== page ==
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The Swarming Web
Justin F. Chapweske, CEO, Onion Networks

Date: Wednesday, March 16
Time: 9:30am - 9:45am
Location: California Ballroom B & C

The current generation of web infrastructure is built upon the HTTP and TCP/IP protocols, a foundation that has proven perfectly simple, scalable, and flexible enough to enable some of the most important applications and companies of the last decade.

The Web isn't without its warts, and billions of dollars have been spent filling in the gaps with load balancers, caches, content delivery networks, and fault-tolerant servers. A new technology, swarmstreaming, has been quietly maturing. Swarmstreaming augments the Web's traditional client/server HTTP transport with "swarming," a technology that approaches the very theoretical bounds of network performance and vastly outperforms even multicast, which has long been heralded as the holy grail of networking.

Swarmstreaming allows smooth progressive playback of content, skipping ahead, and random access without downloading the entire file. The technology improves swarming by ensuring that the bytes that the user wants next are scheduled to be received next. So if a video file is being played back, the bytes from the front of the file will be received first. If the user (or application) skips forward to the middle of the file, the bytes at the middle of the file will be prioritized. Thus, unlike first generation swarming systems like Swarmcast or Bittorrent, you don't have to wait for the entire file to download to do something useful with it!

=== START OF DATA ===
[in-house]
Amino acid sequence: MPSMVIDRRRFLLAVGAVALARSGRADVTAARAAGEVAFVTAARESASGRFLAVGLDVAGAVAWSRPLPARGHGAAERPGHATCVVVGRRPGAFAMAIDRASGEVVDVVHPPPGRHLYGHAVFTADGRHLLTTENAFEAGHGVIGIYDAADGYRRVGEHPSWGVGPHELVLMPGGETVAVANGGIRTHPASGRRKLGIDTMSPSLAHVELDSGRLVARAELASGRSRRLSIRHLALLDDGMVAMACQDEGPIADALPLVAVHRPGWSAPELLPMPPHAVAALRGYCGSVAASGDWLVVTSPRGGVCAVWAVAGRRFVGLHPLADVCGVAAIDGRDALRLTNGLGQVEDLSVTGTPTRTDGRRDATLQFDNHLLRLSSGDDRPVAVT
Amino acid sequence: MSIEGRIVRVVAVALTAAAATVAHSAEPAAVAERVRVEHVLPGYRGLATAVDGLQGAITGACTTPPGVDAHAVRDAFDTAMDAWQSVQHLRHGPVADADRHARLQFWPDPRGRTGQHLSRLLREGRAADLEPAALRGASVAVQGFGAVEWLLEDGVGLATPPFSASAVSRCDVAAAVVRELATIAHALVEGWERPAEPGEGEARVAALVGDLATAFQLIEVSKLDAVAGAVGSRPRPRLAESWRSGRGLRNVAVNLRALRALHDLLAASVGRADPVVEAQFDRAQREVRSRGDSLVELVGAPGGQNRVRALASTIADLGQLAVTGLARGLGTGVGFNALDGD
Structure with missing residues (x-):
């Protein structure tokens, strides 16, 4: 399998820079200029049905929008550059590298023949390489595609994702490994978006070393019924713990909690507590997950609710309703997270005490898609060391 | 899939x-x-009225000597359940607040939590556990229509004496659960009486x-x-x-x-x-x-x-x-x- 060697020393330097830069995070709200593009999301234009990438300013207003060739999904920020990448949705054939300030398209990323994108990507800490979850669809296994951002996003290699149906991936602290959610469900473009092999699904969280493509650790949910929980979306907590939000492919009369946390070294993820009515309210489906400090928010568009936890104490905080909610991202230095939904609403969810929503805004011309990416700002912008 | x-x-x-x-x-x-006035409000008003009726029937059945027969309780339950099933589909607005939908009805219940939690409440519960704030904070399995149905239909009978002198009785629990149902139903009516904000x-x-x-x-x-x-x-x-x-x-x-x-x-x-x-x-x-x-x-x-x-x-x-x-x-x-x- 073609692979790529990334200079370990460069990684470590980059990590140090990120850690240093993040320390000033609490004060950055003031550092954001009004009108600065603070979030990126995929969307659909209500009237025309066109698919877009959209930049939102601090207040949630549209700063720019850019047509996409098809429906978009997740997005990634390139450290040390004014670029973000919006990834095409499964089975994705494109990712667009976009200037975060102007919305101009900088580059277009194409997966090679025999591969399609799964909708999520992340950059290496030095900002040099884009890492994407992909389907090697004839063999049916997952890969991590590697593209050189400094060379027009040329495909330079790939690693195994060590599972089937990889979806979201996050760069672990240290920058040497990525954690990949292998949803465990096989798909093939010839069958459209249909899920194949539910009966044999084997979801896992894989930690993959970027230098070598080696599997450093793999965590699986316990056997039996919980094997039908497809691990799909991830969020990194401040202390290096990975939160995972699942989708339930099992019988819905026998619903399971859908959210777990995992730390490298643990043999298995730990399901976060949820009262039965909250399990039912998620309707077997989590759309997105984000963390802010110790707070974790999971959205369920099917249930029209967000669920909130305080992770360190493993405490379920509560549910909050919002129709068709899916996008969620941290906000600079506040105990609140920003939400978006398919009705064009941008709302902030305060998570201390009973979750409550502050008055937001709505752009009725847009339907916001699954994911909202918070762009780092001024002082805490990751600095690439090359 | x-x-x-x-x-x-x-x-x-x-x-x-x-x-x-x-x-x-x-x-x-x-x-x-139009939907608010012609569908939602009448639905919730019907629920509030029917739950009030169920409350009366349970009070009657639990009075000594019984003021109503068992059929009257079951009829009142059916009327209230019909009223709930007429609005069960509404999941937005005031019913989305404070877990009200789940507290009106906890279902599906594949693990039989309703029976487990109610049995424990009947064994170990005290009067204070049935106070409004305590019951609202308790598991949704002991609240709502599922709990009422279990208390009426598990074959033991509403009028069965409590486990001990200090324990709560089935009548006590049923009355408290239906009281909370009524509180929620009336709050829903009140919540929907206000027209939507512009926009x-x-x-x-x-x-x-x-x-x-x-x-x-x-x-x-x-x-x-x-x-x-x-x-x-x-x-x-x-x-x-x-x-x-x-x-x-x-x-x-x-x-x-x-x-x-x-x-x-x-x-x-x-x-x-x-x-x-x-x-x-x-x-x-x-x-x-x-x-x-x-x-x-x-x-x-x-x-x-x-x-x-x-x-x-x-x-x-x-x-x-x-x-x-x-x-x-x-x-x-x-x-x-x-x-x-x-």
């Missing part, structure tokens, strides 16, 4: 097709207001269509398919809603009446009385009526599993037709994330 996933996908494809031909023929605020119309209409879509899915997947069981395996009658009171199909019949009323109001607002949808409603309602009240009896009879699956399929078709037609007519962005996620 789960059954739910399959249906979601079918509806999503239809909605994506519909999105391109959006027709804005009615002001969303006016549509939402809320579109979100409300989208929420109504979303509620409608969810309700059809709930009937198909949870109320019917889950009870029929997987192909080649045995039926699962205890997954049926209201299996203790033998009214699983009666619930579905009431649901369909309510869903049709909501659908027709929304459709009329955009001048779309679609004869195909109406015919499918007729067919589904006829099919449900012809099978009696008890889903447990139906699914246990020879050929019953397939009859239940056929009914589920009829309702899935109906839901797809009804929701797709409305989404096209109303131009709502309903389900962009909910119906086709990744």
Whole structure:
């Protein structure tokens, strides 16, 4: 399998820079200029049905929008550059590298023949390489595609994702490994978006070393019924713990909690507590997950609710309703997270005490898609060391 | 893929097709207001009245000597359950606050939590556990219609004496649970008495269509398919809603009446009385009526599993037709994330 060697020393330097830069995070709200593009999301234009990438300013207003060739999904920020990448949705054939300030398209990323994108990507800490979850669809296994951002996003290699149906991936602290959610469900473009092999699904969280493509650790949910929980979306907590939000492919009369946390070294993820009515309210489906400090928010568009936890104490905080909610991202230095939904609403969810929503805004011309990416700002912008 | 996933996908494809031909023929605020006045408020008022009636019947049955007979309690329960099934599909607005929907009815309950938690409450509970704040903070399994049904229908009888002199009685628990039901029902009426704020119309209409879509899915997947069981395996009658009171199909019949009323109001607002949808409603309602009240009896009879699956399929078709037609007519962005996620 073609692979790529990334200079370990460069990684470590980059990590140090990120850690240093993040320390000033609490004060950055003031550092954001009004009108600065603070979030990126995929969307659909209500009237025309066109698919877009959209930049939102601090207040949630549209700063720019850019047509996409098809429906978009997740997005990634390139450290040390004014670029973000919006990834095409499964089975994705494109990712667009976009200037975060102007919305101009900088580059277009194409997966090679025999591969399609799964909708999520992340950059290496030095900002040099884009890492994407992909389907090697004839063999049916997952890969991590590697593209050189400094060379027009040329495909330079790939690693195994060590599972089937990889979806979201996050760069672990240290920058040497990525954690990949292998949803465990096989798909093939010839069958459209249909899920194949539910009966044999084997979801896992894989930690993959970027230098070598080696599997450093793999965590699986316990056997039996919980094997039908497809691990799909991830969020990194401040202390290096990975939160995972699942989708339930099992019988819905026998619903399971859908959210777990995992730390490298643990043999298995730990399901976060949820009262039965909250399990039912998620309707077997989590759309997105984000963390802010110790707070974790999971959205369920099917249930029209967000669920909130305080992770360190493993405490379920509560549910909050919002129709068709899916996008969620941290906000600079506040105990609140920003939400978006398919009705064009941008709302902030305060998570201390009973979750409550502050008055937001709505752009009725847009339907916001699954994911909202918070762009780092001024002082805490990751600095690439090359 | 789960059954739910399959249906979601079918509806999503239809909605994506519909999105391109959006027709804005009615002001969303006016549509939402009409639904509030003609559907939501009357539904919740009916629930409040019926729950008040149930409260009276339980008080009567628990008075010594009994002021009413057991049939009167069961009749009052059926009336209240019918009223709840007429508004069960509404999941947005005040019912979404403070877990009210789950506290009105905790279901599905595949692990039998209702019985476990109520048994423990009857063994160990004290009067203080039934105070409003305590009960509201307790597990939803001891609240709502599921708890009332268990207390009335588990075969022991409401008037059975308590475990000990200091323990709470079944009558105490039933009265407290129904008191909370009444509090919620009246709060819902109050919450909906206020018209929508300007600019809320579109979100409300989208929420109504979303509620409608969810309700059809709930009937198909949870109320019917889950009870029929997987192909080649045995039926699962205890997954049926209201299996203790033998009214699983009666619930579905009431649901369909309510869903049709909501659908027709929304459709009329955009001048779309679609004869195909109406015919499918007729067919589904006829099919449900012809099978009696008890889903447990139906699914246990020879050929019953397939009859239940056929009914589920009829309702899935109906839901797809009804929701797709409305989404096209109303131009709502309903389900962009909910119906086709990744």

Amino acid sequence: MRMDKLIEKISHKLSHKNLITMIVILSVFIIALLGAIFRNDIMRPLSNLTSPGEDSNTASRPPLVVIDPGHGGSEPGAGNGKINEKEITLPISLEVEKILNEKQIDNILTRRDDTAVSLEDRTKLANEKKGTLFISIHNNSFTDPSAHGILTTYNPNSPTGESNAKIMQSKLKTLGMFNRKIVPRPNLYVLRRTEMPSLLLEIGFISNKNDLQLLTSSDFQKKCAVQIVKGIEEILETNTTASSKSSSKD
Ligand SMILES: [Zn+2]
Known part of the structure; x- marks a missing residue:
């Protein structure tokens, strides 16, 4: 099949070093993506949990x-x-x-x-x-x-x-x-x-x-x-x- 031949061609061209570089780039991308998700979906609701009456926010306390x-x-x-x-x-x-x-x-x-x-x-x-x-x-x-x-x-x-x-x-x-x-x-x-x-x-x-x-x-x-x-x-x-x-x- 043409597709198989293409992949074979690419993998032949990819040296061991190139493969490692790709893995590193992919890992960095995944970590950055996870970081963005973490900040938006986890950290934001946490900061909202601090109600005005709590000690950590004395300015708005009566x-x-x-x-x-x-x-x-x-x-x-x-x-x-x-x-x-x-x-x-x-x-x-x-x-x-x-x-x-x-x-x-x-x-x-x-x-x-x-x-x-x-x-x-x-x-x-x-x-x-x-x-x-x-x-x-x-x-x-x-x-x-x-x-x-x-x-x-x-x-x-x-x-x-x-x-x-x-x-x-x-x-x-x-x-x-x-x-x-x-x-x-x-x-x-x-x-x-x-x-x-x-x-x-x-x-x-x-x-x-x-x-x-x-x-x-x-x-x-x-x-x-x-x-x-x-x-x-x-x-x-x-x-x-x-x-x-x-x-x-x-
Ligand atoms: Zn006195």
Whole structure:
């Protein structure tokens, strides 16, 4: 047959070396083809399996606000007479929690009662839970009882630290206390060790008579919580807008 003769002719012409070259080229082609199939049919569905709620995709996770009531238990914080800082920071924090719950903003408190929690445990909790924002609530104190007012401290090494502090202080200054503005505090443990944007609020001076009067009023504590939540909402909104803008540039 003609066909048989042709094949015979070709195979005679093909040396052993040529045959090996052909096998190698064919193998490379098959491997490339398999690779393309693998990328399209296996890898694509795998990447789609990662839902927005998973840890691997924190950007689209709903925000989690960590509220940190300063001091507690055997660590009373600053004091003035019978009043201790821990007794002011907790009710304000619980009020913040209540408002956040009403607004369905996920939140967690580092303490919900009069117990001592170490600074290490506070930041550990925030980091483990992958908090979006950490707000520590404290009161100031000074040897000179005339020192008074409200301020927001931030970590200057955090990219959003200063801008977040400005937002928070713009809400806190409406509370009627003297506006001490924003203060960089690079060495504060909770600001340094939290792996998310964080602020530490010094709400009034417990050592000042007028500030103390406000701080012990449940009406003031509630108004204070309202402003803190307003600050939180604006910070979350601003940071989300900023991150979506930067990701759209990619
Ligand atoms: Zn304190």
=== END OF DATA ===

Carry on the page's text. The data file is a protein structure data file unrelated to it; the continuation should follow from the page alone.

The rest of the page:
In this session, Chapweske talks about the possibilities of swarmstreaming as a web transport and its potential to transparently provide enterprise-grade performance and reliability to all web users in a fashion that requires no changes to existing applications or web sites.

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